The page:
Speaking in favor of the House legislation, Speaker Nancy PelosiNancy PelosiHoyer: House should vote on COVID-19 aid — with or without a bipartisan deal Ruth Bader Ginsburg lies in repose at Supreme Court McCarthy threatens motion to oust Pelosi if she moves forward with impeachment MORE (D-Calif.) praised it as one step in the fight to tackle climate change. 

“It takes actions that scientists, researchers and experts tell us is needed by launching the research and development needed to unleash a clean energy revolution and reduce pollution in our communities, making a bold down payment for future climate action by modernizing America’s energy innovation infrastructure,” she said. 

The top Republicans on the Natural Resources, Energy and Commerce and Transportation and Infrastructure Committees released a joint statement criticizing the legislation this week.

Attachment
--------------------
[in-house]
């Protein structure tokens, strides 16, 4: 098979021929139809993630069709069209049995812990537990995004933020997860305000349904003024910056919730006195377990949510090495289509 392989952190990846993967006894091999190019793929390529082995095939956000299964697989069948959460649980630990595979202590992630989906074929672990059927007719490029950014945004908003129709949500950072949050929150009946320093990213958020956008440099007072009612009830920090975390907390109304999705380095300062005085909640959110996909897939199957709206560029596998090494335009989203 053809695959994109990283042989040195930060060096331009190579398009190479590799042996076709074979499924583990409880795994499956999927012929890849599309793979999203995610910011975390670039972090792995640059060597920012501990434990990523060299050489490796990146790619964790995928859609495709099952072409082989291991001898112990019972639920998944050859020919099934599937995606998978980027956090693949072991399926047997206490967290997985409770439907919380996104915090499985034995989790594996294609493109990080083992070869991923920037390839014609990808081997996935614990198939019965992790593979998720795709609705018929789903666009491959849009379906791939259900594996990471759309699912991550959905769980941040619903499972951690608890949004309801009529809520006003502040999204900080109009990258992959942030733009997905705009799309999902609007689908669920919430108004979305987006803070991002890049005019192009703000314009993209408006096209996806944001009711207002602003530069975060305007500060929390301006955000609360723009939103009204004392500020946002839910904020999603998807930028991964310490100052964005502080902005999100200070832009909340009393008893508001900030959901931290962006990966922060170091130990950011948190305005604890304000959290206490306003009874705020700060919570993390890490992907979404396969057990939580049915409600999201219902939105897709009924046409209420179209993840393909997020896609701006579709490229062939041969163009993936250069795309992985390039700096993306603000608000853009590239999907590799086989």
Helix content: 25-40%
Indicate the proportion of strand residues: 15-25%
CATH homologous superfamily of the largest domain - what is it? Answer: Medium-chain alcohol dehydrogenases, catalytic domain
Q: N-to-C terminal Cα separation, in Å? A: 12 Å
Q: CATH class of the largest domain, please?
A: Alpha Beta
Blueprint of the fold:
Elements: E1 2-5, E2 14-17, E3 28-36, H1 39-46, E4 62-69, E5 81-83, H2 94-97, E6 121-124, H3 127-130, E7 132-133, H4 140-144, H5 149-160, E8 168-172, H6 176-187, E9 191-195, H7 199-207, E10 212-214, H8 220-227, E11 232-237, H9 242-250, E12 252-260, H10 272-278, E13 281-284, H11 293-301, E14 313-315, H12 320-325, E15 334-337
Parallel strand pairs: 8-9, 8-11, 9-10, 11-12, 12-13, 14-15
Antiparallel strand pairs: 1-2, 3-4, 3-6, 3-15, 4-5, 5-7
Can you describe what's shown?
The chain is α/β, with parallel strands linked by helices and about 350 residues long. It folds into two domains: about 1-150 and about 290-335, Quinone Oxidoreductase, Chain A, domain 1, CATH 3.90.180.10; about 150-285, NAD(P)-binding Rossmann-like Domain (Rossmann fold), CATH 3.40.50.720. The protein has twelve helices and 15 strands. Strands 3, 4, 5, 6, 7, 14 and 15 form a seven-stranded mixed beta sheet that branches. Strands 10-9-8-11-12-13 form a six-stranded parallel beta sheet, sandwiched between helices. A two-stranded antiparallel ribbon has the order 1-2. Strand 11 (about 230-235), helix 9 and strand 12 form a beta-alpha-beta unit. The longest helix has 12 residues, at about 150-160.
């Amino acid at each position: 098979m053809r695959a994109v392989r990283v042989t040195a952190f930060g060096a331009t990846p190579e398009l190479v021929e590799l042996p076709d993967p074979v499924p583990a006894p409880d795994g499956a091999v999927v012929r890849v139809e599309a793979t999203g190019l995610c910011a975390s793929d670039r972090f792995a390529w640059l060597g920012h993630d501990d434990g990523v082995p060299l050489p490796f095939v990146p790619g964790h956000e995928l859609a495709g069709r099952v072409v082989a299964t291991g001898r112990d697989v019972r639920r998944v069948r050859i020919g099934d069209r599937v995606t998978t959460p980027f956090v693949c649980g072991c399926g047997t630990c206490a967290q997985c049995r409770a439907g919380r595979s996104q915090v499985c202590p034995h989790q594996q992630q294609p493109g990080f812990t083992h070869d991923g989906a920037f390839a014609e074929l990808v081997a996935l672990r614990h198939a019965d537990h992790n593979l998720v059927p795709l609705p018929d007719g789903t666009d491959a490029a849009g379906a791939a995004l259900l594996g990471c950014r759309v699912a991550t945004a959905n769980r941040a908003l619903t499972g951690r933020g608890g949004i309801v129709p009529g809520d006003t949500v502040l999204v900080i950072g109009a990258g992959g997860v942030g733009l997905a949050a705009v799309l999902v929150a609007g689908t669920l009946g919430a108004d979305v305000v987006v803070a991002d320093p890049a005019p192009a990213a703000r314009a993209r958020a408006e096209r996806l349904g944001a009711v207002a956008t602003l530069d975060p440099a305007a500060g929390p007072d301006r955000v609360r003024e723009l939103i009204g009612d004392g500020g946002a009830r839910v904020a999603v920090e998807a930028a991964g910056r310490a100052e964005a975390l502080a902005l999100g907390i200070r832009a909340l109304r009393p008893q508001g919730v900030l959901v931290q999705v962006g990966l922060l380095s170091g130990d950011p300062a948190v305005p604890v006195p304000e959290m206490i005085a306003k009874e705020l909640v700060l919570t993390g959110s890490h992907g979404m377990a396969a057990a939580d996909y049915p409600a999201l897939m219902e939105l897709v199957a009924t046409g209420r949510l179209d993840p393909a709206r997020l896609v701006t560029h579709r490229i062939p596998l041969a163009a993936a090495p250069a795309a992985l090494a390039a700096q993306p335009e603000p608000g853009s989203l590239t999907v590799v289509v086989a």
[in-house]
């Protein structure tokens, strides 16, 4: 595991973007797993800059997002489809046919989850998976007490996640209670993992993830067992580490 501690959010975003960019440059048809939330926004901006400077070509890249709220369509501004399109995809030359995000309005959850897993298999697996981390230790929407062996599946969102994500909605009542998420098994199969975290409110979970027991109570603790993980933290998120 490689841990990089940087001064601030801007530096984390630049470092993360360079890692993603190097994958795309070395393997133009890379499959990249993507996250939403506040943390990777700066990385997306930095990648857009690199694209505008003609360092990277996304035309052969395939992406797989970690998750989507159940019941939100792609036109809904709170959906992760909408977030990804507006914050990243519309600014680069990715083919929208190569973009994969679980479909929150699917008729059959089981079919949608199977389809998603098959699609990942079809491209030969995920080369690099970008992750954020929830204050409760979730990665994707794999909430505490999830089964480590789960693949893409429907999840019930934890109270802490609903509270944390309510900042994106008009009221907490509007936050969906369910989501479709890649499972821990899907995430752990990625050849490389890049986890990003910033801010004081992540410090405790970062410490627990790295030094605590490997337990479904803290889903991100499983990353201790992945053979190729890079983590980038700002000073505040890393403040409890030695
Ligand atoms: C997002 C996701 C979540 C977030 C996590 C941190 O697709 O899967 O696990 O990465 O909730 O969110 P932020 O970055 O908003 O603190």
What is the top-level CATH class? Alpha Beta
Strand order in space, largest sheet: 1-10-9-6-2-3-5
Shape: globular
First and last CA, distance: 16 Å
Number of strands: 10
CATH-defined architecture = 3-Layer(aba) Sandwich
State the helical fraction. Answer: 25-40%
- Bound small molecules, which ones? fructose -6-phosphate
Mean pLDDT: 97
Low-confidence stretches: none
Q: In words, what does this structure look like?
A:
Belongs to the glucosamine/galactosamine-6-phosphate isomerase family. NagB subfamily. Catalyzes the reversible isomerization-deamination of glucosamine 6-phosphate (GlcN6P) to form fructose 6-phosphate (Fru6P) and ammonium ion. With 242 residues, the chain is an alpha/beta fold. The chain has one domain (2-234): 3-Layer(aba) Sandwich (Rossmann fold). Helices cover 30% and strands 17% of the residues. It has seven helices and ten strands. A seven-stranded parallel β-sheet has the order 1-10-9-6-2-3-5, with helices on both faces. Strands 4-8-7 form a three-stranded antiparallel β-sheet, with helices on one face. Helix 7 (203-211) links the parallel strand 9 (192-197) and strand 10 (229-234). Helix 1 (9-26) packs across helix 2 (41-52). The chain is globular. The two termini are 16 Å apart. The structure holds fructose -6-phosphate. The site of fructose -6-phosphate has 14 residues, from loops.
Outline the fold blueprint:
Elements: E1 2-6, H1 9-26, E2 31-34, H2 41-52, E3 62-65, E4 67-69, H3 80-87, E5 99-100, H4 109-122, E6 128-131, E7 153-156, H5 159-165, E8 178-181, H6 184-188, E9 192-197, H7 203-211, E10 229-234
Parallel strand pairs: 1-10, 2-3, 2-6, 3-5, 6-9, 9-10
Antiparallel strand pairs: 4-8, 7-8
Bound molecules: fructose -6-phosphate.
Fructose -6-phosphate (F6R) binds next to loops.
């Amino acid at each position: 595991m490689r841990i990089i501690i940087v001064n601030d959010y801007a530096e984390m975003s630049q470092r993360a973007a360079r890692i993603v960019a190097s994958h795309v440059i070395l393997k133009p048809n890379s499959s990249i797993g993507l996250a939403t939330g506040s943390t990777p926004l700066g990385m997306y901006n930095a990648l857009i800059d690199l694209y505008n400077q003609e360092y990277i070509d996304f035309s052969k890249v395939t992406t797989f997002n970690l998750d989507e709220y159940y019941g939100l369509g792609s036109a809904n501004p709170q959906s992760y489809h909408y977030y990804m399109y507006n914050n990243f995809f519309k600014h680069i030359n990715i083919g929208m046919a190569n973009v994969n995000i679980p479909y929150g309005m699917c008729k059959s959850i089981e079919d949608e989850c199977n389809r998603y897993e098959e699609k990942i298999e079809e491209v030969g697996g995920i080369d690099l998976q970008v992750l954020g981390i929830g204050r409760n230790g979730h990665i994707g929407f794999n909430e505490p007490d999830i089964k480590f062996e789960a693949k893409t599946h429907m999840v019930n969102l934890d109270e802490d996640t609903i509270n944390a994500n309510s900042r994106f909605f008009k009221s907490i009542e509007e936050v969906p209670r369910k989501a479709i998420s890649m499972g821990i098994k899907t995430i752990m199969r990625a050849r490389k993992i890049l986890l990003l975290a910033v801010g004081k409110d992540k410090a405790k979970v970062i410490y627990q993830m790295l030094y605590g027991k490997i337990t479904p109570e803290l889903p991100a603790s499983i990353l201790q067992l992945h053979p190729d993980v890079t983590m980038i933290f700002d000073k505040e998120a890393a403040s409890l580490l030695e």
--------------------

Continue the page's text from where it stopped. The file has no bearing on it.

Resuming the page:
“Here we are in the middle of a global pandemic and Speaker Pelosi wants to spend more than $135 billion on a piece of legislation that will never become law,” said Reps. Rob BishopRobert (Rob) William BishopOVERNIGHT ENERGY: California seeks to sell only electric cars by 2035 | EPA threatens to close New York City office after Trump threats to ‘anarchist’ cities | House energy package sparks criticism from left and right House energy package sparks criticism from left and right OVERNIGHT ENERGY: EPA head questions connection of climate change to natural disasters | Pebble Mine executives eye future expansion in recorded conversations | EPA questions science linking widely used pesticide to brain damage in children MORE (R-Utah), Greg WaldenGregory (Greg) Paul WaldenHillicon Valley: DOJ proposes tech liability shield reform to Congress | Treasury sanctions individuals, groups tied to Russian malign influence activities | House Republican introduces bill to set standards for self-driving cars OVERNIGHT ENERGY: California seeks to sell only electric cars by 2035 | EPA threatens to